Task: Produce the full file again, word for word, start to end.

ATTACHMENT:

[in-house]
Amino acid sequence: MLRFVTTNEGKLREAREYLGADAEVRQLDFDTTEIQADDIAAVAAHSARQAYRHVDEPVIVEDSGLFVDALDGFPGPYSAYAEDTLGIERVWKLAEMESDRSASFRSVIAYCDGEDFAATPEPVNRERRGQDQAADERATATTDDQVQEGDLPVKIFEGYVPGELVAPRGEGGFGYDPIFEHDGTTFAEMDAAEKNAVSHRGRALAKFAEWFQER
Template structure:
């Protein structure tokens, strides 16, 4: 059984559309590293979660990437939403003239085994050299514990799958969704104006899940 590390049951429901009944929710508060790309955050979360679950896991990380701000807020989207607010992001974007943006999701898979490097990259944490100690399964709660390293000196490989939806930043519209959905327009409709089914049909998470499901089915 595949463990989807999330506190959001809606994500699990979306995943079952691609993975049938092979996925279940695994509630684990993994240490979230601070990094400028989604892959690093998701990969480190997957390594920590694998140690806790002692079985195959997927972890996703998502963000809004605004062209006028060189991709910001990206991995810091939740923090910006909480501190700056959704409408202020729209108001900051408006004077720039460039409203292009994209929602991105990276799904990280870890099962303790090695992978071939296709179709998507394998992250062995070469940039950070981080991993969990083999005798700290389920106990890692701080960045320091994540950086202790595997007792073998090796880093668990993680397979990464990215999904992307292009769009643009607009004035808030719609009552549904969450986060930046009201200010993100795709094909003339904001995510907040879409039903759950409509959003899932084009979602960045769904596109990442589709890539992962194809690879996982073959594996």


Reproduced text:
[in-house]
Amino acid sequence: MLRFVTTNEGKLREAREYLGADAEVRQLDFDTTEIQADDIAAVAAHSARQAYRHVDEPVIVEDSGLFVDALDGFPGPYSAYAEDTLGIERVWKLAEMESDRSASFRSVIAYCDGEDFAATPEPVNRERRGQDQAADERATATTDDQVQEGDLPVKIFEGYVPGELVAPRGEGGFGYDPIFEHDGTTFAEMDAAEKNAVSHRGRALAKFAEWFQER
Template structure:
């Protein structure tokens, strides 16, 4: 059984559309590293979660990437939403003239085994050299514990799958969704104006899940 590390049951429901009944929710508060790309955050979360679950896991990380701000807020989207607010992001974007943006999701898979490097990259944490100690399964709660390293000196490989939806930043519209959905327009409709089914049909998470499901089915 595949463990989807999330506190959001809606994500699990979306995943079952691609993975049938092979996925279940695994509630684990993994240490979230601070990094400028989604892959690093998701990969480190997957390594920590694998140690806790002692079985195959997927972890996703998502963000809004605004062209006028060189991709910001990206991995810091939740923090910006909480501190700056959704409408202020729209108001900051408006004077720039460039409203292009994209929602991105990276799904990280870890099962303790090695992978071939296709179709998507394998992250062995070469940039950070981080991993969990083999005798700290389920106990890692701080960045320091994540950086202790595997007792073998090796880093668990993680397979990464990215999904992307292009769009643009607009004035808030719609009552549904969450986060930046009201200010993100795709094909003339904001995510907040879409039903759950409509959003899932084009979602960045769904596109990442589709890539992962194809690879996982073959594996």